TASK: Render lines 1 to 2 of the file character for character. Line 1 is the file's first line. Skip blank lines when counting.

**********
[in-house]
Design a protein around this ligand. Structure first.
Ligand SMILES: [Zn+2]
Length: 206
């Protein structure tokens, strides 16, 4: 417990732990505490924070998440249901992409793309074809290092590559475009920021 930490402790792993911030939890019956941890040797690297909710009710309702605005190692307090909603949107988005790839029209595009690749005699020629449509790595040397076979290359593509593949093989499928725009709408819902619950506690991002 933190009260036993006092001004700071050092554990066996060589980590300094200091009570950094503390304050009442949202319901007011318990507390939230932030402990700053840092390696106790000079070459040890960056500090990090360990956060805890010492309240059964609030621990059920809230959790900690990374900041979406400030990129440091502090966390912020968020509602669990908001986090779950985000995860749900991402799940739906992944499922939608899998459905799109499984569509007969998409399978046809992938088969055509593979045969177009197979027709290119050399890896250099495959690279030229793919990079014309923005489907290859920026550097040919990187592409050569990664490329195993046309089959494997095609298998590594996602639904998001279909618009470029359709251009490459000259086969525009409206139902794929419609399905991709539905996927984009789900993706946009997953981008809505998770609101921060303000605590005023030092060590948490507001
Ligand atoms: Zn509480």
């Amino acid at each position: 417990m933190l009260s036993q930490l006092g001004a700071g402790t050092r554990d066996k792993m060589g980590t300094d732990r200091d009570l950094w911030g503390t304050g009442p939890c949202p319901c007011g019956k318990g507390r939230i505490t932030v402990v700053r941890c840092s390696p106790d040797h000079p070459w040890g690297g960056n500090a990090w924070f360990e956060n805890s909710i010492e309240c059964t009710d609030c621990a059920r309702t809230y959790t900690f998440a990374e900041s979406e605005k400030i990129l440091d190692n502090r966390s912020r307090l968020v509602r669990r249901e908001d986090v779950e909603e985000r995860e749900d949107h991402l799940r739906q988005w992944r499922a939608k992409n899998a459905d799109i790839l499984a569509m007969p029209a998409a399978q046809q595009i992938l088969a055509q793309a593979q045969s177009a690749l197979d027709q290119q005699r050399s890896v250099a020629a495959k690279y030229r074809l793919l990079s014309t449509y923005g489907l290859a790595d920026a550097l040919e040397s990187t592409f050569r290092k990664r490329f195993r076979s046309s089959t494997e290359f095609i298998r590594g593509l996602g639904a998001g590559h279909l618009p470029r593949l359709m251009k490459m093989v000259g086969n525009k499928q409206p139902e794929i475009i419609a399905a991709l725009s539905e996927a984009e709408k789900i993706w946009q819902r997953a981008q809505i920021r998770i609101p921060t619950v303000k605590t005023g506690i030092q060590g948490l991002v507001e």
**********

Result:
[in-house]
Design a protein around this ligand. Structure first.